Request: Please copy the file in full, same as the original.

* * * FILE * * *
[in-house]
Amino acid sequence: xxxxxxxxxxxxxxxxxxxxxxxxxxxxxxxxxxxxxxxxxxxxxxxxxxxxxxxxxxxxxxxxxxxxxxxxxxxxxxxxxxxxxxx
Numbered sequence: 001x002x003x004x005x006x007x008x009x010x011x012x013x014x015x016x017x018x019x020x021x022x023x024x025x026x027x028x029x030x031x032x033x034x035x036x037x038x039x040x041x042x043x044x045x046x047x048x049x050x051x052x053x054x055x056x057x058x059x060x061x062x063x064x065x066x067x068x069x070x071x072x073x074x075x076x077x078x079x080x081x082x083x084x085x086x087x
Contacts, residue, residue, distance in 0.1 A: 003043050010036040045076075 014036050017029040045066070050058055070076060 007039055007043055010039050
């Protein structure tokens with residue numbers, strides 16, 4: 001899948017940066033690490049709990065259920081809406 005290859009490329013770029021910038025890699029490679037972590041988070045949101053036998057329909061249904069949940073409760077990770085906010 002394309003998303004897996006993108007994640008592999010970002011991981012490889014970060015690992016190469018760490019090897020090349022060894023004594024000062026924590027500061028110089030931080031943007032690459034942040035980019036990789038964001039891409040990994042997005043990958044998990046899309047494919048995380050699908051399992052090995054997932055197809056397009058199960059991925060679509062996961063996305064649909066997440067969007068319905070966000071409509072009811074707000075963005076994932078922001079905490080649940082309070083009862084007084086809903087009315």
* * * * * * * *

[in-house]
Amino acid sequence: xxxxxxxxxxxxxxxxxxxxxxxxxxxxxxxxxxxxxxxxxxxxxxxxxxxxxxxxxxxxxxxxxxxxxxxxxxxxxxxxxxxxxxx
Numbered sequence: 001x002x003x004x005x006x007x008x009x010x011x012x013x014x015x016x017x018x019x020x021x022x023x024x025x026x027x028x029x030x031x032x033x034x035x036x037x038x039x040x041x042x043x044x045x046x047x048x049x050x051x052x053x054x055x056x057x058x059x060x061x062x063x064x065x066x067x068x069x070x071x072x073x074x075x076x077x078x079x080x081x082x083x084x085x086x087x
Contacts, residue, residue, distance in 0.1 A: 003043050010036040045076075 014036050017029040045066070050058055070076060 007039055007043055010039050
């Protein structure tokens with residue numbers, strides 16, 4: 001899948017940066033690490049709990065259920081809406 005290859009490329013770029021910038025890699029490679037972590041988070045949101053036998057329909061249904069949940073409760077990770085906010 002394309003998303004897996006993108007994640008592999010970002011991981012490889014970060015690992016190469018760490019090897020090349022060894023004594024000062026924590027500061028110089030931080031943007032690459034942040035980019036990789038964001039891409040990994042997005043990958044998990046899309047494919048995380050699908051399992052090995054997932055197809056397009058199960059991925060679509062996961063996305064649909066997440067969007068319905070966000071409509072009811074707000075963005076994932078922001079905490080649940082309070083009862084007084086809903087009315």